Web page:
NEW YORK (Reuters Health)—Inspiratory muscle training can help improve aerobic capacity and pulmonary function in patients with ankylosing spondylitis (AS), according to new findings presented at the European League Against Rheumatism Annual Congress.
“Inspiratory muscle training as a stand-alone therapy improves inspiratory muscle function (strength and endurance), decreases symptoms of dyspnea and improves exercise capacity,” Dr. Razvan Dragoi of “Victor Babes” University of Medicine and Pharmacy in Timisoara, Romania, and Dr. Claudiu Avram of West University of Timisoara told Reuters Health via email. Dr. Dragoi presented the findings at the meeting June 12 in Rome.
AS is a painful and progressive disease caused by chronic inflammation of joints in the spine, with a prevalence of about 32 per 10,000 people in North America and 24 per 10,000 in Europe. Up to 80% of AS patients have impaired lung function and reduced pulmonary muscle strength and endurance.
While inspiratory muscle training (IMT) has been shown to be helpful in heart failure, chronic obstructive pulmonary disease, morbid obesity, and restrictive thoracic disease, Dr. Dragoi and Dr. Avram said, it has not yet been tested in AS patients.
In the new study, the two researchers and their colleagues randomly assigned 54 patients with AS to receive either eight weeks of conventional rehabilitation exercise training and IMT, or eight weeks of conventional rehab exercise only. Patients in the IMT group performed three 30-minute sessions per week using a real-time computer-assisted device (Trainair, Project Electronics Limited, UK).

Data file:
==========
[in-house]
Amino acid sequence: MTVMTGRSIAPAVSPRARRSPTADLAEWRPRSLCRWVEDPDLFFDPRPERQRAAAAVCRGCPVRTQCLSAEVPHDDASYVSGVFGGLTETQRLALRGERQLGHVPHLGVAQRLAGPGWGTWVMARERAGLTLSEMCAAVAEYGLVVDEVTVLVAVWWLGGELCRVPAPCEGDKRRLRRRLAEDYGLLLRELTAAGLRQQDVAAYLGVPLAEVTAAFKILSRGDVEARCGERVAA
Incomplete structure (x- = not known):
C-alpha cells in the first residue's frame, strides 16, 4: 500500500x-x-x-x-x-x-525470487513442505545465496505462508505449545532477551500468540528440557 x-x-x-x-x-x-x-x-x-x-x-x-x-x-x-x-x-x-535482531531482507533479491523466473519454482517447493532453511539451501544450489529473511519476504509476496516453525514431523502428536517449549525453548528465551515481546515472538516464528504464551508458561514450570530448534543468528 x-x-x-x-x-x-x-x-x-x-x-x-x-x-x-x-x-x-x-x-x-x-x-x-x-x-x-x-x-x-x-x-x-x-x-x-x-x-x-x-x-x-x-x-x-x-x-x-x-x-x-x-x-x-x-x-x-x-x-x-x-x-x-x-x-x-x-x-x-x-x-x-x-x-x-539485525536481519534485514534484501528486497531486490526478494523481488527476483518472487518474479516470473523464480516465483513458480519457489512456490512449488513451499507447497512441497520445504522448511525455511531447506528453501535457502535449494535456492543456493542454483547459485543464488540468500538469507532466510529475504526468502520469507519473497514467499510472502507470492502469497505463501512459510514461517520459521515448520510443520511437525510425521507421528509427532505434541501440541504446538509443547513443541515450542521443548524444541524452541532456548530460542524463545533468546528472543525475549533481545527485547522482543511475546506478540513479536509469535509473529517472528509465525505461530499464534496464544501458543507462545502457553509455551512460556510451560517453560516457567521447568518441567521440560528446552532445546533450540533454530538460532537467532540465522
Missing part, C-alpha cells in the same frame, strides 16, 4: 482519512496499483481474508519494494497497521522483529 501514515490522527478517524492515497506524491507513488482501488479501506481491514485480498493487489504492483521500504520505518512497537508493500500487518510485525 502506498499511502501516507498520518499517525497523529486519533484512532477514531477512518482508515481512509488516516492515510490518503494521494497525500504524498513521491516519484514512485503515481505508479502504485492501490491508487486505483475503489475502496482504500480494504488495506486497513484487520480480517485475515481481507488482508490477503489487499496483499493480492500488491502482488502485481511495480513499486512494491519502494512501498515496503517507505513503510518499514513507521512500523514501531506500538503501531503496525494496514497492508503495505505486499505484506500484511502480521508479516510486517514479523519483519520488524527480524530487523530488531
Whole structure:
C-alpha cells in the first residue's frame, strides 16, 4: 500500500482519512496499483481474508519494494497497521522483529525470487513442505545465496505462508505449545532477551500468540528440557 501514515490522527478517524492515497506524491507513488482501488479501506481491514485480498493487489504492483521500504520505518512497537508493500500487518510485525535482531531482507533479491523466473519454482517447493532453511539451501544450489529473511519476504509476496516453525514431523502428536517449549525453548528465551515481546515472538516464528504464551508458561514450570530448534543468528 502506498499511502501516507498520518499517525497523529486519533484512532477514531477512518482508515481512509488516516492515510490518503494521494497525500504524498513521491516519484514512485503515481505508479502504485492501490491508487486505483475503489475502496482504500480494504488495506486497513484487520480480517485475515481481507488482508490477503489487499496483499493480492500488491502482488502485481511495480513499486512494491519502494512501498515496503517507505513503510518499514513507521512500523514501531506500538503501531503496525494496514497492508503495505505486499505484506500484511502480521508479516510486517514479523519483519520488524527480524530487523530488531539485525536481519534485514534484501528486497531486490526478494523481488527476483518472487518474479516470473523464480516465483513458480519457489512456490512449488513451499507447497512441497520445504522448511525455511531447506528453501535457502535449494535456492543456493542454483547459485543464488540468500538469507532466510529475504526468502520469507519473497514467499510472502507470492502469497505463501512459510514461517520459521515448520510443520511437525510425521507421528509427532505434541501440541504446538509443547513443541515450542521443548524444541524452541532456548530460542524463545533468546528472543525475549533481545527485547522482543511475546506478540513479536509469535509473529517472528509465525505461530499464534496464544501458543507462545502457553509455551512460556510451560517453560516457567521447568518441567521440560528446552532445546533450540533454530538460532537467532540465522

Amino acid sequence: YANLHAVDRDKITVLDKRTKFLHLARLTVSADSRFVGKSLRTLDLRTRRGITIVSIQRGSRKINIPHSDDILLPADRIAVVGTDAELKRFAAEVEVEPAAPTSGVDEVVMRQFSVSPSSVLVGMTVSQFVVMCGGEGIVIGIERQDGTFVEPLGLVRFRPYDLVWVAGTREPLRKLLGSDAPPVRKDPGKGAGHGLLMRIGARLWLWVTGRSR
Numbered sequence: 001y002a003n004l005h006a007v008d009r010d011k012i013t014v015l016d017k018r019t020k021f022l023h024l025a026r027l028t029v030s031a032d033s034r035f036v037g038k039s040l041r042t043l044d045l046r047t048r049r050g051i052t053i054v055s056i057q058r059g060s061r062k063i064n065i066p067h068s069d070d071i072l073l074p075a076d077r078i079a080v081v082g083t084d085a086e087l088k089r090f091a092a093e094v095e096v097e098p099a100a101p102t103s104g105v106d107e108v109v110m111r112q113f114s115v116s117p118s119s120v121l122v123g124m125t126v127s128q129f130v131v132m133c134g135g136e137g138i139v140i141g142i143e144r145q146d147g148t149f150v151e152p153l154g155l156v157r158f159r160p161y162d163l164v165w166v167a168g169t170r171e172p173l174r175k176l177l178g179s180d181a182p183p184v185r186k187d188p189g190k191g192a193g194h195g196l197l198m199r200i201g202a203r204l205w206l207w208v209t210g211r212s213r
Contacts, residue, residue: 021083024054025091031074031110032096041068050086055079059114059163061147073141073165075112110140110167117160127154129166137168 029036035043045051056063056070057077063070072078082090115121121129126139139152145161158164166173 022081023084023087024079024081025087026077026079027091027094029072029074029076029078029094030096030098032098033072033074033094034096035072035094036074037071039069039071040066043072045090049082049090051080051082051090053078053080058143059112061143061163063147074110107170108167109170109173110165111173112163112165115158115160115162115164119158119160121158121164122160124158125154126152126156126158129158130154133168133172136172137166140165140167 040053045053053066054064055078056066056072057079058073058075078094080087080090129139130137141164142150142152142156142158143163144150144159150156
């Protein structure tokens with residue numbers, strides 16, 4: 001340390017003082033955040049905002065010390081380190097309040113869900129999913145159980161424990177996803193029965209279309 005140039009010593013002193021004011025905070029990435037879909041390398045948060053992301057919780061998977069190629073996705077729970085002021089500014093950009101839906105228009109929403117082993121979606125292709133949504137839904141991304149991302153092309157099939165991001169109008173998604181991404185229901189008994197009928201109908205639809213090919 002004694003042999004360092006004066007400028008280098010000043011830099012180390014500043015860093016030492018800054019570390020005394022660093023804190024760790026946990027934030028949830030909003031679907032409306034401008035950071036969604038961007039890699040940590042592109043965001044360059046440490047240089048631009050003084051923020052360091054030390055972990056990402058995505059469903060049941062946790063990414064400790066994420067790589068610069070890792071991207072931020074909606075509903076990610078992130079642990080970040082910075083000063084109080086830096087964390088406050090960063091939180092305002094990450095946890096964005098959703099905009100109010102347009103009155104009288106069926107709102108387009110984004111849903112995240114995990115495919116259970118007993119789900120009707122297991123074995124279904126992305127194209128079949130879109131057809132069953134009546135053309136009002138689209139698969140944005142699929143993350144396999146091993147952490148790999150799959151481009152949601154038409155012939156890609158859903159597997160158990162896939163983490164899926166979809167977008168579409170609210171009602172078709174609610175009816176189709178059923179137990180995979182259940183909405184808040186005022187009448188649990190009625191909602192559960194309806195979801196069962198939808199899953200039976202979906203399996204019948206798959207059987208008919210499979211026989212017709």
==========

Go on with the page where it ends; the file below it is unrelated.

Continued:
Patients who received IMT showed significantly improved chest expansion (from 0.66 cm at baseline to 0.94 cm at eight weeks). Their forced vital capacity improved from 78.6% to 82.7%, while forced expiration volume in one second increased from 71% to 74.6%.
IMT training also improved peak oxygen uptake from 1.7 to 2 L/min, while lowest effort ventilatory equivalent ratio for carbon dioxide decreased from 29 to 26.6.
The patients in the control group had a borderline significant improvement in chest expansion, from 0.69 cm to 0.72 (p=0.032) but showed no significant improvements in any other studied parameters.
“Inspiratory muscle training is a feasible treatment option in patients with pulmonary dysfunction due to ankylosing spondylitis,” Dr. Dragoi and Dr. Avram said via email. While the investigators have not followed up to see whether the benefits of IMT persisted, “we consider that a session of 30 minutes per week could be enough to maintain the gained benefits,” they said.
Patients can be taught to safely use the Trainair device at home, the researchers said.